Sally Jackson Cheese sold in 17 States Warning and Recall

Kathleen Blanchard's picture

The FDA has issued a recall of Sally Jackson cheese, sold in 17 states, due to possible contamination with E coli O157:H7. Consumers are warned not to eat the product. The bacteria can cause severe illness in humans and animals and is especially dangerous to children under age 5 and elders. The product has been voluntarily recalled.

Preliminary Report finds Problems at Sally Jackson Cheese Facility

The FDA in a preliminary report found "problems" at a facility in Oroville, Washington, related to sanitation, construction, Sally Jackson cheese is made from unpasteurized raw milk, from goat, cows, and sheep making the potential for bacterial growth high. The FDA is currently analyzing the cheese and the manufacturer has voluntarily agreed to the recall.

The agency warns that all of cheese labeled Sally Jackson should be avoided. Consumers should discard the product, keep it away from animals and dispose in a closed plastic bag with a lidded trash can if not returned to the store where the purchase was made. Restaurateurs are also warned not to serve any of the products to customers.

The FDA was alerted earlier this month about an outbreak of E. coli O157:H7 infections by the Oregon Public Health Department (OPHD), WSDA, and the Washington Department of Health (WDOH), suspected from food contamination.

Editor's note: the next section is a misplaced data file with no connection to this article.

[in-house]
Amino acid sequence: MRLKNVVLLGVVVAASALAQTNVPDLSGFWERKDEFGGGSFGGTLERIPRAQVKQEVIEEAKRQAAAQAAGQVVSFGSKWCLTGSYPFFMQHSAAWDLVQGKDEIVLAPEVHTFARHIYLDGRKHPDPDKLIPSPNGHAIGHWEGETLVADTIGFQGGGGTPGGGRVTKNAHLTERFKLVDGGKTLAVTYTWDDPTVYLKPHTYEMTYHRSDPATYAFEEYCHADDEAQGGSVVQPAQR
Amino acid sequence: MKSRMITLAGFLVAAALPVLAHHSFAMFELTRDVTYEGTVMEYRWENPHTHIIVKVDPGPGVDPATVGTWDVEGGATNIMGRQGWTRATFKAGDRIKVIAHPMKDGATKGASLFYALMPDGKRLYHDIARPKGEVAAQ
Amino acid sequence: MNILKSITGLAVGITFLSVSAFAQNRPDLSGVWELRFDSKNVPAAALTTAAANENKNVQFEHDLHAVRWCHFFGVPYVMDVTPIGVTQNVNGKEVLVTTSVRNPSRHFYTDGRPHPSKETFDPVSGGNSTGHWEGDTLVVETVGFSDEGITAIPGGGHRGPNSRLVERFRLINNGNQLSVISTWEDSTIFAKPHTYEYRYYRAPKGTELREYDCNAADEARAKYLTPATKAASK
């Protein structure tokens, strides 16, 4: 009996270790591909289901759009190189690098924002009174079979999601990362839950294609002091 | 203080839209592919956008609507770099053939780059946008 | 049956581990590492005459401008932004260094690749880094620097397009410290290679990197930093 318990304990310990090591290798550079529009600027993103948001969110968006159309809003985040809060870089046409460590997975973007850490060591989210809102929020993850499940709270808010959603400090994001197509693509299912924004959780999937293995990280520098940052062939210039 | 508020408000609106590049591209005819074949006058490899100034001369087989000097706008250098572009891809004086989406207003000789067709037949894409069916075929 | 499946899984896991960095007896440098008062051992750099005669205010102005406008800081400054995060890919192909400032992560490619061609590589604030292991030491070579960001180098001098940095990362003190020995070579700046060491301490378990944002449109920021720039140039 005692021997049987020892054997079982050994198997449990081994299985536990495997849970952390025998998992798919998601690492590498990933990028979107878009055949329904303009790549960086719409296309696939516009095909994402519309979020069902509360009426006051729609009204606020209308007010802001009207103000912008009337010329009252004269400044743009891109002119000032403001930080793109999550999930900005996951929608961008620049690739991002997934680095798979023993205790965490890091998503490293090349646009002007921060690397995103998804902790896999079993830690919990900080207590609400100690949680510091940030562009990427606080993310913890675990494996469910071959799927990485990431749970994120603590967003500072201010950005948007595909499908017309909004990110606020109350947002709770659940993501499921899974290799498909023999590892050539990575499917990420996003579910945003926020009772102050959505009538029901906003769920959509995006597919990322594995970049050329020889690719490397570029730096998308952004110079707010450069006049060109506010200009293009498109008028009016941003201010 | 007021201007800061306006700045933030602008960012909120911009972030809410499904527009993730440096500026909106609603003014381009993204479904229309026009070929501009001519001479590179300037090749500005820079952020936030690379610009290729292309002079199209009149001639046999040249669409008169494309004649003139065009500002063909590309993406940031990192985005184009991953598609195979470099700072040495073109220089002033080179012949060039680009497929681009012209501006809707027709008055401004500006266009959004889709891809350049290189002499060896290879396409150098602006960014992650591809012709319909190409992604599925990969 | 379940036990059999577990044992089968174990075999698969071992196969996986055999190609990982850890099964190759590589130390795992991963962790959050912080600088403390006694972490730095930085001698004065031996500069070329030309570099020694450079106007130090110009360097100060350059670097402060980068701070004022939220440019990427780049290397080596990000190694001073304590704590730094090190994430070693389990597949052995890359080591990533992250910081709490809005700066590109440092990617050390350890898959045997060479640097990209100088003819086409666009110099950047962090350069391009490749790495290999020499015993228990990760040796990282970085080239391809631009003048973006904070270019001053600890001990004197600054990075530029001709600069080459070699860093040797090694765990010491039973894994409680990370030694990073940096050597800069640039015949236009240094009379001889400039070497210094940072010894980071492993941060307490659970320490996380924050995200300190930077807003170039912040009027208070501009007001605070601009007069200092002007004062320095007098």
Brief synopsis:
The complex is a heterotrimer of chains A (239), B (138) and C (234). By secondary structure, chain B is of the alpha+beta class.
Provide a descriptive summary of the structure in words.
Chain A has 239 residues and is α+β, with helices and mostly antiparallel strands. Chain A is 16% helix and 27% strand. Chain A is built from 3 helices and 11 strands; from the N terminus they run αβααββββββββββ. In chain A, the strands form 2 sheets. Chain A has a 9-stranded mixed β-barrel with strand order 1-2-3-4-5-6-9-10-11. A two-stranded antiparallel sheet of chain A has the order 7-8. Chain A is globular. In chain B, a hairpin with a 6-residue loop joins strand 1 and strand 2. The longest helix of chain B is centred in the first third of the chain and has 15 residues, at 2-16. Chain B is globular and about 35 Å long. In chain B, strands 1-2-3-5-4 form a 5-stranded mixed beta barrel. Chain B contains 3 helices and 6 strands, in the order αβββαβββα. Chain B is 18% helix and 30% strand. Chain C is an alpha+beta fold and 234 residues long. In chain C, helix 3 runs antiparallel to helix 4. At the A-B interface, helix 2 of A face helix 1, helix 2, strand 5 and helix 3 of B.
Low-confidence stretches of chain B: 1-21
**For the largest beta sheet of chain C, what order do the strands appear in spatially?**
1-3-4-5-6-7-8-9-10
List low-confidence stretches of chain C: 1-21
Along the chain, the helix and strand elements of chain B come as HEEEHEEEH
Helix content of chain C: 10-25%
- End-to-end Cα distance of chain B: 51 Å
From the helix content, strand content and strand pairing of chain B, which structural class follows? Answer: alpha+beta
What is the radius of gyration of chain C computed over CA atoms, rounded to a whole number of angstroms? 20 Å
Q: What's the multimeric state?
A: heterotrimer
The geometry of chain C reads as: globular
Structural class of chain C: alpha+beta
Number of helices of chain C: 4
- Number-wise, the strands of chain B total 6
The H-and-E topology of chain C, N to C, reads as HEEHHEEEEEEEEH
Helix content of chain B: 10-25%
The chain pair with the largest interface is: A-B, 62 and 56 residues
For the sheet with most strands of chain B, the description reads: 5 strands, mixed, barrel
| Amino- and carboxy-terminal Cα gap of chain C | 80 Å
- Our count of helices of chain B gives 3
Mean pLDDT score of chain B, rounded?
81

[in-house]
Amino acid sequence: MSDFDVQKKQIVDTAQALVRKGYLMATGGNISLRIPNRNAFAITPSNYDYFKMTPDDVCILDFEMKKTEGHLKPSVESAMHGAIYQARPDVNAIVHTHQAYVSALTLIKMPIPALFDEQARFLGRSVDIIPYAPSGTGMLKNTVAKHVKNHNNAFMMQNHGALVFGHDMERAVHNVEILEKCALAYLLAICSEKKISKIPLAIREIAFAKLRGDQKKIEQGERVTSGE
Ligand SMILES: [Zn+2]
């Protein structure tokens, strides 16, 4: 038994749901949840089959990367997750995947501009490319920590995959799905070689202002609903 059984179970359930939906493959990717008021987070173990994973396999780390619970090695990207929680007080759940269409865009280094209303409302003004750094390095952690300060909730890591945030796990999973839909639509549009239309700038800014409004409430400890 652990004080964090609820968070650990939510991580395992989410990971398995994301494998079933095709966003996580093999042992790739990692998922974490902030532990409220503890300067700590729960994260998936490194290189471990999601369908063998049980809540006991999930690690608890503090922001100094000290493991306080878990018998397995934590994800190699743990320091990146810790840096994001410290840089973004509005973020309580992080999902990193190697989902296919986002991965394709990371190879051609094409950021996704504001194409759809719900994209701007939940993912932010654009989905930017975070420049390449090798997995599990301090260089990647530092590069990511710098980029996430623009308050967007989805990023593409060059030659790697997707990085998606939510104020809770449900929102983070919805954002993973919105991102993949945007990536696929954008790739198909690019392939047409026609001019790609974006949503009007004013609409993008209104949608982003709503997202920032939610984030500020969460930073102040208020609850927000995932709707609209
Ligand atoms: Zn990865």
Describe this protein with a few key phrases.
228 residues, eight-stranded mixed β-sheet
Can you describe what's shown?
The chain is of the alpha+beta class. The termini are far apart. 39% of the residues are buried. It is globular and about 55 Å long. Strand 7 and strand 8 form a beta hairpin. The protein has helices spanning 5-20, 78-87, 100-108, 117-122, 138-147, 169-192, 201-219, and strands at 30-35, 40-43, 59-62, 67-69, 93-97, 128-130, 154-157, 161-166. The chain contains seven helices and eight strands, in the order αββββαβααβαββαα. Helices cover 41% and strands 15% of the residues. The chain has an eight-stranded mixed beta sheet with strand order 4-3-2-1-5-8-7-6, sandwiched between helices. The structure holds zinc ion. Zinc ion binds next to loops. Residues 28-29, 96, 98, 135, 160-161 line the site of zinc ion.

Eight persons became ill during September and November, one of whom reported consuming the cheese. Four others say they may have eaten the product. Three of those ate at a restaurant serving the brand, and one ate several different brands that could have included Sally Jackson. The remaining two persons who became ill are not sure whether they consumed any.

Sally Jackson cheese has been sold in the following 17 states: California, Colorado, Connecticut, District of Columbia, Hawaii, Illinois, Massachusetts, Minnesota, Missouri, Montana, New York, Oregon, Pennsylvania, Rhode Island, Texas, Virginia and Washington.


Symptoms of illness from the O157:H7 strain of E coli include diarrhea that can contain blood, accompanied by abdominal pain and cramping. Fever is common. Onset of symptoms is one day, but can occur up to ten days later. Most people who are healthy recover from the infection within a week.

After diarrhea subsides, a type of kidney failure called hemolytic uremic syndrome (HUS) can cause critical illness, especially in children under age 5 and elders, though anyone is susceptible.

Kidney failure symptoms that can develop from hemolytic uremic syndrome (HUS) following infection with E coli O157:H7 include spontaneous bruising, nosebleeds, generalized swelling and decreased urine output. Toxins in the bacteria cause organ failure that can lead to death.

The 0157:H7 E coli strain is virulent and can infect individuals when only a few bacteria are present, unlike other strains. The infection has also been linked to long-term health problems.

Consumers are warned not to eat Sally Jackson cheese, sold in 17 states. The FDA plans to update the public when more information becomes available. If you believe you maybe ill from E coli, seek medical care. Diagnosis can be confirmed with a culture of stoo.

Source: FDA Newsroom